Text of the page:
by Louay Habib on 10 Aug 2014
Robin Knox-Johnston flanked by (left to right) Nick Elliott, Ned Collier-Wakefield, Liam Coyne, Sidney Gavignet, Sam Davies and Katrin Hilbert. RORC/Paul Wyeth
'In consideration of the weather forecast for the foreseeable future, showing a low pressure moving through The Channel in the early hours of the morning and eventually becoming stationary over Northern Scotland, bringing a strong Westerly to North Westerly airflow for the first days of the race, it has been decided by the Race Committee to reverse the course to sail anticlockwise around Great Britain and Ireland. The decision was based on aiming to provide a more enjoyable race for all the yachts in the fleet. The start will still be from the Royal Yacht Squadron to the East.'
News that the course would be reversed drew a packed house to the Press Conference and Skippers' Briefing. It was standing room only, as world-class professional sailors and experienced offshore Corinthians listened in.
Sir Robin Knox-Johnston was a panellist at the Press Conference, made up of a broad cross-section of the 200 sailors from all over the world who will be taking part in the race. Sir Robin will be competing two handed at 75 years old. The offshore legend has raced around Britain and Ireland eight times before and was the first man to race around the world non-stop, single-handed.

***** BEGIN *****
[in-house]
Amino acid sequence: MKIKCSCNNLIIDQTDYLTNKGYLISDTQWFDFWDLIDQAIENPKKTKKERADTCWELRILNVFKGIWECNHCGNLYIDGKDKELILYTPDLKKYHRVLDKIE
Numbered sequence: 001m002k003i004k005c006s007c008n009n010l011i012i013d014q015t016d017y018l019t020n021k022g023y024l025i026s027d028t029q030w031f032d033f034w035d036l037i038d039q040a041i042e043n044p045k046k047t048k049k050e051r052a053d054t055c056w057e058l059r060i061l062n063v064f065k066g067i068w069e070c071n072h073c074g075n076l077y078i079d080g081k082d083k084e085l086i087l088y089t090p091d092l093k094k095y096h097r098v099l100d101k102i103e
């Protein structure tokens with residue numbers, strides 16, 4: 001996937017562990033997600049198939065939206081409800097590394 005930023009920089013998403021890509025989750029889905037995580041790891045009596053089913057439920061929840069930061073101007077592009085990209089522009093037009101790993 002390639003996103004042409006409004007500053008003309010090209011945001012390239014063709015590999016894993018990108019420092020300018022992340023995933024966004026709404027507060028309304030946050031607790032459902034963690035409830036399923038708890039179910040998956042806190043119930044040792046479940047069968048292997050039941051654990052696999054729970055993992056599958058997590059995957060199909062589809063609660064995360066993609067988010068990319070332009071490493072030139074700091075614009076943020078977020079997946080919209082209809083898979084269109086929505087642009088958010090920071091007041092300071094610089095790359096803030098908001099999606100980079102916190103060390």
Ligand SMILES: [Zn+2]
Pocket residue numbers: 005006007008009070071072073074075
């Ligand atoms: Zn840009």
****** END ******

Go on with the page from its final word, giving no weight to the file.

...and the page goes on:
RORC CEO, Eddie Warden Owen asked if Sir Robin was happy with the change of course: 'Is the Pope Catholic? Like everyone else I'm absolutely delighted we're going that way round. We'll get round faster. I think it's a very sensible decision on your (RORC) part. The smaller boats will have taken a hammering and none of us would have enjoyed it. So I think this is a very sensible decision by the race organisers.'
RORC Commodore, Mike Greville, welcomed Sevenstar Managing Director, Richard Klabbers to the Skipper's Briefing. Richard Klabbers competed in the 2010 Sevenstar Round Britain and Ireland Race on board Harry Heijst's S&S 41,Winsome. 'From my own experience last time, I know how hard it is. It took me 14 days that time but we avoided the bad weather at least. I wish you all the best of luck. We are a partner of this race to give back to this sport, not to create more business, so please, all of you, come back all in one piece safe and sound.'
Volvo Ocean Race navigator, Campbell Field gave a detailed weather briefing to the ensemble, explaining why the decision was made to reverse the course. 'Part of the decision when we looked at the forecast this morning was due to the following: quite a lot of wind has been driven from a westerly direction as former Hurricane Bertha makes her way through. Part of that data that helped make the decision to not go to the west was that boats would have been making their way across the Celtic Sea with the potential for significant wave heights of 6-8 metres - you could see 10 metres out there - and a fairly ferocious westerly breeze with nowhere to go.'
The Sevenstar Round Britain and Ireland Race is set to start on schedule at 1200 BST, tomorrow, Sunday 10th August. The fleet will still start in an easterly direction from the Royal Yacht Squadron Line towards the Forts in the Eastern Solent. Conditions look to be absolutely spectacular with the fastest boats flying downwind at phenomenal speeds.